Buy a home for 5% down. What you need to know.
Sunday Jun 16th, 2019Share
Buy a home with only 5% Down?
Any home purchased with less than 20% paid as a downpayment is dinged with mortgage insurance by the Canadian Mortgage and Housing Corporation (CMHC). This protects the bank, not you. This is there for the banks in case you default on your mortgage. Let's be honest. Banks and other lending institutions are handing out mortgages to people who probably shouldn't have qualified for what they were given. There's also a difference here to be called out. What someone qualifies for doesn't necessarily translate into what they should be house shopping for.
At the end of the day, a minimum of 20% down is always going to be the best case scenario (finacially). BUT, don't stress over it. People must do what they have to do in order to provide for their families. The minimum 5% rule exists for a reason, to help homebuyers.
Let's take a look at a house that costs $500,000 with only 5%, 10% and 15% down, and what amount of insurance would be owed in each scenario:
- 5% down ($25,000): $19,000
- 10% down ($50,000): $13,950
- 15% down ($75,000): $11,900
These insurance costs can be paid in two ways. Either upfront, or rolled up into your mortgage and amortized over the years. Let's look at the the upfront scenario. If you pay the $19,000 up front with your $25,000 downpayment, making a total of 8.8% or $44,000 down, you would still owe $18,240 in insurance. That extra $19,000 only saved you $760. Does this seem worth it to you? Think long term. When you consider the savings by paying the CMHC up front on a month-to-month basis over a 20-30 year mortgage, it will definitely add up.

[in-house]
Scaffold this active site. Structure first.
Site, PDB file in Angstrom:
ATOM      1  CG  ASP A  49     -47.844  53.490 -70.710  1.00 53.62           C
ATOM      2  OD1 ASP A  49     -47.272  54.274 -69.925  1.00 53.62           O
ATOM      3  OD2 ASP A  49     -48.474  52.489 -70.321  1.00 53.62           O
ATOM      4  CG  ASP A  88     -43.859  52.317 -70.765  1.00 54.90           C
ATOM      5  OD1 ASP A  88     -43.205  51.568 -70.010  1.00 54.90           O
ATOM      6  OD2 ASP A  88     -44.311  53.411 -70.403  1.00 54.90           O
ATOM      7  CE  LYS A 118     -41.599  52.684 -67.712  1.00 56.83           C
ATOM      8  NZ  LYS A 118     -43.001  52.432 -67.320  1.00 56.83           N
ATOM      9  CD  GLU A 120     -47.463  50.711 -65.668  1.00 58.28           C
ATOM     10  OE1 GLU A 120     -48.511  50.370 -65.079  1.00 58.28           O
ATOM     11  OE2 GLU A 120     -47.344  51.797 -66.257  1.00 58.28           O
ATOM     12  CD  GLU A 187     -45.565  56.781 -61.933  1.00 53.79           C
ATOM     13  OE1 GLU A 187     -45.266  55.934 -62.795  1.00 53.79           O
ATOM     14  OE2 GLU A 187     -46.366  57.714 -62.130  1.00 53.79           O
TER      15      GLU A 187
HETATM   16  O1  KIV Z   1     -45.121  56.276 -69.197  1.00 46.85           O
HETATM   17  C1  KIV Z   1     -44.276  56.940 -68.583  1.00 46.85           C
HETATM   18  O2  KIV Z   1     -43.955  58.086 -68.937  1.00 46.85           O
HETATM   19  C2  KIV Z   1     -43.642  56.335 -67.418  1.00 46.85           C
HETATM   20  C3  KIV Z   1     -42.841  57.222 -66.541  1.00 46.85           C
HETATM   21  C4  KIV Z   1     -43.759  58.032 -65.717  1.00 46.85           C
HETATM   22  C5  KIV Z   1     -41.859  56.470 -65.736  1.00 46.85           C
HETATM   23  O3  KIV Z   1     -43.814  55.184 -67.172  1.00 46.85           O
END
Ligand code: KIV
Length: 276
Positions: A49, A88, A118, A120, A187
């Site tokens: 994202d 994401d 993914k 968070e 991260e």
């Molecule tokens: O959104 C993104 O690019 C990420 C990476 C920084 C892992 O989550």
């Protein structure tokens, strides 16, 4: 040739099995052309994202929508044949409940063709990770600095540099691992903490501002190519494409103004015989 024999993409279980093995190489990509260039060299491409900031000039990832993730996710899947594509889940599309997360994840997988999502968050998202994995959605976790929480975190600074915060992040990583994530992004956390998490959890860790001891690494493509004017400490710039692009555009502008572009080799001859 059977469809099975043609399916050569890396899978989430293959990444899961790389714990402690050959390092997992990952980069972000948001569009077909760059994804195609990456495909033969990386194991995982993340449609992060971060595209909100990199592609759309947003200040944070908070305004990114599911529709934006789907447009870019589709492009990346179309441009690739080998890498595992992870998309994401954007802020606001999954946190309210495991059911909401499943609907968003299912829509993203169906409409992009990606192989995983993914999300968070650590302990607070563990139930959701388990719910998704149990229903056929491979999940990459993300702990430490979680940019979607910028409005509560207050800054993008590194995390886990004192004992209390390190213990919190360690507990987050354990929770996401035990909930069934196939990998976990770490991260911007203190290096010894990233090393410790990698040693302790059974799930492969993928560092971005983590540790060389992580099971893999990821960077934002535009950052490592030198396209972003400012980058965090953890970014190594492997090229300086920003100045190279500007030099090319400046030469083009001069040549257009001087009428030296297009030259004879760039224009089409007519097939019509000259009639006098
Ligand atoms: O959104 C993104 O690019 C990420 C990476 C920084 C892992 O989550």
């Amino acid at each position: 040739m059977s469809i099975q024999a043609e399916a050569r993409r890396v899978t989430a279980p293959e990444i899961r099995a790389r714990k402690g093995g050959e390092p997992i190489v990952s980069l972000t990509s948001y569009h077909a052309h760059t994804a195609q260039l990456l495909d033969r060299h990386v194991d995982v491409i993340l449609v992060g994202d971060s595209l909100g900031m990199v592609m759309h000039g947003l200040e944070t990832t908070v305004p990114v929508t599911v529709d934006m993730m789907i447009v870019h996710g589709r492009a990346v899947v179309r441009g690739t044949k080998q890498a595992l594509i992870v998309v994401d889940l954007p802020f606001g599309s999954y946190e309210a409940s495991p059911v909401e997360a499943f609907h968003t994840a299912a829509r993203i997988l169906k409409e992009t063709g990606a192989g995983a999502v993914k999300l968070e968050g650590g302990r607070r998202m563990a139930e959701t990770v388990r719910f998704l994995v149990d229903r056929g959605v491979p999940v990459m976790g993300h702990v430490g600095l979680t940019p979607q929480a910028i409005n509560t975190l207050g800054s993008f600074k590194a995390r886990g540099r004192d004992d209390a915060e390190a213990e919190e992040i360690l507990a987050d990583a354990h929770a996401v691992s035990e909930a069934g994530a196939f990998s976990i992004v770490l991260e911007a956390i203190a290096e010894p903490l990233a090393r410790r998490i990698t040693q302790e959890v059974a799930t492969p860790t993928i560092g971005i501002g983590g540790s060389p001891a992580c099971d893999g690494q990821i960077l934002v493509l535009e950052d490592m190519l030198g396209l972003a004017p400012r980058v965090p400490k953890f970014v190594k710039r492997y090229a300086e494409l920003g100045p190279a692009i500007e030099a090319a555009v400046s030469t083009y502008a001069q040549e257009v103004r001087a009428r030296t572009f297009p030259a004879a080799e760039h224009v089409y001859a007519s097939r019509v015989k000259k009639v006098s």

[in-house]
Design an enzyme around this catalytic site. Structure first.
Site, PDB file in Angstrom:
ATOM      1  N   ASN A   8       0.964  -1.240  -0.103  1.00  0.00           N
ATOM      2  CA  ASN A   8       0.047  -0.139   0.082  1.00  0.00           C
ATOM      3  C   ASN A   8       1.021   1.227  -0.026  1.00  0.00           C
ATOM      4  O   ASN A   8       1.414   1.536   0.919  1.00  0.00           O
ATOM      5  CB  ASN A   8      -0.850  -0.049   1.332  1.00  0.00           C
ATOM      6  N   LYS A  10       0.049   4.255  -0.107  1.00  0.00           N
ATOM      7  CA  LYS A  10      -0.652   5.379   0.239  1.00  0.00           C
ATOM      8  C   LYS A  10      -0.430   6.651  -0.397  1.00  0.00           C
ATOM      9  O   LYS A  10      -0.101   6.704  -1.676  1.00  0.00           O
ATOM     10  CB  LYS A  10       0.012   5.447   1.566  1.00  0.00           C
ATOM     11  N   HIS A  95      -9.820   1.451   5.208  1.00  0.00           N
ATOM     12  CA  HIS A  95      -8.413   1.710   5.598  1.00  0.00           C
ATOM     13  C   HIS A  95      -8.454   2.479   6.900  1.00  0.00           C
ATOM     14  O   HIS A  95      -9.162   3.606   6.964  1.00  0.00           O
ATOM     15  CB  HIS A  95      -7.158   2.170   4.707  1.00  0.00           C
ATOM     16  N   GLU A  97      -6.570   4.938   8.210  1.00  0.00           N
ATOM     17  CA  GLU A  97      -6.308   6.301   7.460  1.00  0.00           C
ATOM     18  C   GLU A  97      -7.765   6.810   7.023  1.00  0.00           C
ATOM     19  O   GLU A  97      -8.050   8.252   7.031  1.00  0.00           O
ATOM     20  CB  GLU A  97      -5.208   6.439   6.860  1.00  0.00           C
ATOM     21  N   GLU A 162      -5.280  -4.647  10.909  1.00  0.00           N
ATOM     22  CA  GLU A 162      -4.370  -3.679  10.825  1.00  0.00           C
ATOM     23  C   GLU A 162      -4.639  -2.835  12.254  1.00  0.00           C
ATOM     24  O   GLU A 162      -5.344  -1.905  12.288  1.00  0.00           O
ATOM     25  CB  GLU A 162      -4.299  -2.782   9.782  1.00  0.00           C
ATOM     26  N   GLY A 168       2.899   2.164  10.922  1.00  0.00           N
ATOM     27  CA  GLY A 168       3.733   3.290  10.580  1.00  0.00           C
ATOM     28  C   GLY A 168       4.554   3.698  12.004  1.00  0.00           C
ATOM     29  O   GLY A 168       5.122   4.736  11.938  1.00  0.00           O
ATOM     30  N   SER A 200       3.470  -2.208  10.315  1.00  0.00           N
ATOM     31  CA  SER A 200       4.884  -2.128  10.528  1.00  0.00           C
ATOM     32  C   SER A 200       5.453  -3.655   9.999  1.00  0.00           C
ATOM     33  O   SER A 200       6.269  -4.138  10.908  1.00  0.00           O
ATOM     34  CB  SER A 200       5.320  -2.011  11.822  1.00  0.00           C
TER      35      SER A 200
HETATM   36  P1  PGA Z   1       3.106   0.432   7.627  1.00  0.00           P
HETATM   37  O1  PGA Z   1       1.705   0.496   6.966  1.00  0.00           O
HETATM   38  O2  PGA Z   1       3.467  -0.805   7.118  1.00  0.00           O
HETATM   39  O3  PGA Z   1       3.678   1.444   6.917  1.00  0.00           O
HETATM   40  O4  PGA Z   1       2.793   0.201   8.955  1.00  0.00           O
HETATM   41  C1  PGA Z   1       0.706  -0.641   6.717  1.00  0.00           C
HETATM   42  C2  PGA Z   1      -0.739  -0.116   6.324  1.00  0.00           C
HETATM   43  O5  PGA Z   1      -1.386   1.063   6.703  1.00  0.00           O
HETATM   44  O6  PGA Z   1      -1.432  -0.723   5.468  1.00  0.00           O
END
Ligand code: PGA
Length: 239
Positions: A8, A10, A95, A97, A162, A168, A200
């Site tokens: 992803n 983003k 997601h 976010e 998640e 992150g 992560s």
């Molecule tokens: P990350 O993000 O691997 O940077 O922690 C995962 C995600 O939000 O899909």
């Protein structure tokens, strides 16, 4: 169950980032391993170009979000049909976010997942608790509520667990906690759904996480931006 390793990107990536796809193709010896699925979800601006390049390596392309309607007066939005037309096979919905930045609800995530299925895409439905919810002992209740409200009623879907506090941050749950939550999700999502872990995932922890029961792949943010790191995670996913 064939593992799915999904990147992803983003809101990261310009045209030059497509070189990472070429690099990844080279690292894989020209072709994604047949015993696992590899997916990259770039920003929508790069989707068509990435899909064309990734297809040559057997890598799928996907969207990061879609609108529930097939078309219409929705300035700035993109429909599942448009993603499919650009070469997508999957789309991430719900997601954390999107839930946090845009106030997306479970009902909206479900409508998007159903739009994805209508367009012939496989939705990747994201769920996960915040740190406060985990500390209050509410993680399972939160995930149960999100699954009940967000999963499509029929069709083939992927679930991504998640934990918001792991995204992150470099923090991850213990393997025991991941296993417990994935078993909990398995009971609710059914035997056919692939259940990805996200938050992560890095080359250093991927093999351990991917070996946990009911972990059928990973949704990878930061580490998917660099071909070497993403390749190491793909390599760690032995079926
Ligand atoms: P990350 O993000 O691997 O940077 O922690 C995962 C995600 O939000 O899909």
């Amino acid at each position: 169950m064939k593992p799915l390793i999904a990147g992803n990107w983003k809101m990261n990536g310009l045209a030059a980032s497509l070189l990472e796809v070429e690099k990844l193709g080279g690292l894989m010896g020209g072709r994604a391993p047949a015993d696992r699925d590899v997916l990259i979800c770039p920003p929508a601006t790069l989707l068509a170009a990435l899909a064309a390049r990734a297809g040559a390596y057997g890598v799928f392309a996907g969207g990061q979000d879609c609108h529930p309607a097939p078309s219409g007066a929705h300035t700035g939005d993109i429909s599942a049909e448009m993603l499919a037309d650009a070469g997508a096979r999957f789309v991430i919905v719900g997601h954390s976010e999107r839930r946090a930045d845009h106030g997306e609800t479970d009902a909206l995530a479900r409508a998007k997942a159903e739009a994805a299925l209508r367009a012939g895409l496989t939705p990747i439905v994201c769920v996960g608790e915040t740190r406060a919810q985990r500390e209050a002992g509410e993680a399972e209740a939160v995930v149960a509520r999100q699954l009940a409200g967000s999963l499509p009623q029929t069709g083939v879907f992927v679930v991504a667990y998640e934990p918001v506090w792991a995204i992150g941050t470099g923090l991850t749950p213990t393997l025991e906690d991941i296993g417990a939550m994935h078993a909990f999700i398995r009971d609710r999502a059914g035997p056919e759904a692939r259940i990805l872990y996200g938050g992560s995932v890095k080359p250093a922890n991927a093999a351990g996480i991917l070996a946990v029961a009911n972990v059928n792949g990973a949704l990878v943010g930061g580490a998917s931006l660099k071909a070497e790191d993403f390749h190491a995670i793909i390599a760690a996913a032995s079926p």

Another way to look at it is that if you buy your home for $500,000 and pay the 5% or $25,000 down, you're still borrowing $494,000 as a mortgage for that home. We can safely say this is a bad value, or even a terrible return on investment. Look at it this way: $25,000 = $6,000. TERRIBLE!!
Here's another cost breakdown of monthly costs with the mortgage insurance paid upfront versus rolled up into your overall mortgage :
- 5% down, monthly mortgage is $2,310 with insurance paid monthly, $2,222 with insurance paid upfront. Savings are $88/month
- 10% down, monthly mortgage is $2,170 with insurance paid monthly, $2,084 with insurance paid upfront. Savings are $86/month
- 15% down, monthly mortgage is $2,043 with insurance paid monthly, $1,990 with insurance paid upfront. Savings are $53/month
- 20% down, monthly mortgage is $1,870, no insurance costs
Let's say you agree with any of the above scenarios where 5% down still makes sense for you. Keep in mind there are still other costs associated with homeownership and the real estate purchasing process. Other costs to consider are Land Transfer Tax (municipal and provincial), lawyer fees, property taxes, utilities, and regular property maintenance.
Your lifestyle might change as a result of all homeownership. So you might say goodbye to a few nights out, less dining out at restaurants, and watching your monthly spending more closely.
I'm scared now. Do I wait to buy?
This will always be subjective and unique to each person's needs, wants, and lifestyle. There is undoubtedly outside pressure that may influence you to buy now. Think carefully, though. Renting isn't a bad option. It first and foremost will depend on what you financial capabilities are in the present time.
If you want to talk more about your options, give me a call. Contact me through the various contact methods through my site. I look forward to helping you soon.